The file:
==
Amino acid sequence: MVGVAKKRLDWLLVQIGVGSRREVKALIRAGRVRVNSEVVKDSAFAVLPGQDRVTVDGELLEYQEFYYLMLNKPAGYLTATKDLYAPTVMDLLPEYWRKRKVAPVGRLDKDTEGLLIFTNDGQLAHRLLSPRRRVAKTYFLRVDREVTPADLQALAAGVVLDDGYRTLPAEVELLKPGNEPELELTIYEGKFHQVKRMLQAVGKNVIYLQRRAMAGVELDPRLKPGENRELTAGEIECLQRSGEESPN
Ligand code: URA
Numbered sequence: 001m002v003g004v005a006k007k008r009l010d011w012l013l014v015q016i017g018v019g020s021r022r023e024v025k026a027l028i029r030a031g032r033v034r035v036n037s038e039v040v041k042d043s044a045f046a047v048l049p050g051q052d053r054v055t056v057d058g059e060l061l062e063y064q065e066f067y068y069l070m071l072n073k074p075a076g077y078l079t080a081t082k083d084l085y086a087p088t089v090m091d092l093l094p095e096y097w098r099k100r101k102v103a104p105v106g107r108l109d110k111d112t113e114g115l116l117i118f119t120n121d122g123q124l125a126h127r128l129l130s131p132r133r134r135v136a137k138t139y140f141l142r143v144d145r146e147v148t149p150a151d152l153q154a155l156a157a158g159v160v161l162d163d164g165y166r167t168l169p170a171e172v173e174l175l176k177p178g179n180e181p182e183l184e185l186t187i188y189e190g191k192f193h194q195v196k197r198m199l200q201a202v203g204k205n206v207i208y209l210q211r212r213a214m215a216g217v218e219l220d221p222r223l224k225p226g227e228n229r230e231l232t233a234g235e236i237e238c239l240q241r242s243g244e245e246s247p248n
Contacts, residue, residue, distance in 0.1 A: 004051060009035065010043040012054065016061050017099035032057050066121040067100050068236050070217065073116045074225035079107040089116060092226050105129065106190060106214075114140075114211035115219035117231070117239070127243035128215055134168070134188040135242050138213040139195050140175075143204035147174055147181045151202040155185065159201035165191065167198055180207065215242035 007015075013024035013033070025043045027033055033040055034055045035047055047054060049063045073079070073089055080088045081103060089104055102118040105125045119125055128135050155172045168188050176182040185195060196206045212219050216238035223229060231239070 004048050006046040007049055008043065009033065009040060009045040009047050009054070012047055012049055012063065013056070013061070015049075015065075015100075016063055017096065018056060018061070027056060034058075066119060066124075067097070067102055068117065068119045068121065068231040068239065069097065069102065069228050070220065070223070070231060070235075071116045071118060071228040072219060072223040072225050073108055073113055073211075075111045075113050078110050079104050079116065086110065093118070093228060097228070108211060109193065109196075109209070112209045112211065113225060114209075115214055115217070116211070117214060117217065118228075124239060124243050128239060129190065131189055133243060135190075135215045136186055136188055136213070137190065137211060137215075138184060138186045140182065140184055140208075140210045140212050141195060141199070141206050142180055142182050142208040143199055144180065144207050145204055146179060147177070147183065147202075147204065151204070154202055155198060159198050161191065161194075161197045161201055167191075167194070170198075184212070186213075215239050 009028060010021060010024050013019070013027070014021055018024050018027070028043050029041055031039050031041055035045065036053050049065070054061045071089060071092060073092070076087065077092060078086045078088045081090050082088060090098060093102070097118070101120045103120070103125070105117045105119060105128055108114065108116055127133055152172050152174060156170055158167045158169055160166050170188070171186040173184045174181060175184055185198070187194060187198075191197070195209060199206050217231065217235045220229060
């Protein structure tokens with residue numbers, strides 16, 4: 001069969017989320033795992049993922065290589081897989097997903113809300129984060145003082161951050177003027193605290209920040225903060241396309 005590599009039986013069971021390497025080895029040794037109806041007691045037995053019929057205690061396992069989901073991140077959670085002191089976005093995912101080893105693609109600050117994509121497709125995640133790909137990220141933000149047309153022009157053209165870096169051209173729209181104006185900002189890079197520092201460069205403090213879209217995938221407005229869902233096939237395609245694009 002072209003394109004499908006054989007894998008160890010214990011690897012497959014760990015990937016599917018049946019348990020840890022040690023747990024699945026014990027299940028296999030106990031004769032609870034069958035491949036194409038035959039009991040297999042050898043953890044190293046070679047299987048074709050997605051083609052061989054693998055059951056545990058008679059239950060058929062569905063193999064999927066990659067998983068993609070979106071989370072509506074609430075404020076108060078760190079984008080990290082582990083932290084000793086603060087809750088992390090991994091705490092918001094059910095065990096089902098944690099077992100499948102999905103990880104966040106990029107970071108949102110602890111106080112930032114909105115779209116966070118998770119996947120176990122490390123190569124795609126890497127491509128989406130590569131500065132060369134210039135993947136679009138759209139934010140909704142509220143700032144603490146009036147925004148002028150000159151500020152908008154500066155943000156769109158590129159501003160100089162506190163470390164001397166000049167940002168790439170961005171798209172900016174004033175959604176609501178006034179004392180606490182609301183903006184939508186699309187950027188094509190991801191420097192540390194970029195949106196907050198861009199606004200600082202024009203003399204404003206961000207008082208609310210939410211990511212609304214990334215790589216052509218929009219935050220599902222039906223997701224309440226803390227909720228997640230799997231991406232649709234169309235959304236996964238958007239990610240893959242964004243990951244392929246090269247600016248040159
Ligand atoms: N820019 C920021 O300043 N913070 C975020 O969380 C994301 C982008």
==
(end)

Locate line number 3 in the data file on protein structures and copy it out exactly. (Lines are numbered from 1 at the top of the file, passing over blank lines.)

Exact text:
Numbered sequence: 001m002v003g004v005a006k007k008r009l010d011w012l013l014v015q016i017g018v019g020s021r022r023e024v025k026a027l028i029r030a031g032r033v034r035v036n037s038e039v040v041k042d043s044a045f046a047v048l049p050g051q052d053r054v055t056v057d058g059e060l061l062e063y064q065e066f067y068y069l070m071l072n073k074p075a076g077y078l079t080a081t082k083d084l085y086a087p088t089v090m091d092l093l094p095e096y097w098r099k100r101k102v103a104p105v106g107r108l109d110k111d112t113e114g115l116l117i118f119t120n121d122g123q124l125a126h127r128l129l130s131p132r133r134r135v136a137k138t139y140f141l142r143v144d145r146e147v148t149p150a151d152l153q154a155l156a157a158g159v160v161l162d163d164g165y166r167t168l169p170a171e172v173e174l175l176k177p178g179n180e181p182e183l184e185l186t187i188y189e190g191k192f193h194q195v196k197r198m199l200q201a202v203g204k205n206v207i208y209l210q211r212r213a214m215a216g217v218e219l220d221p222r223l224k225p226g227e228n229r230e231l232t233a234g235e236i237e238c239l240q241r242s243g244e245e246s247p248n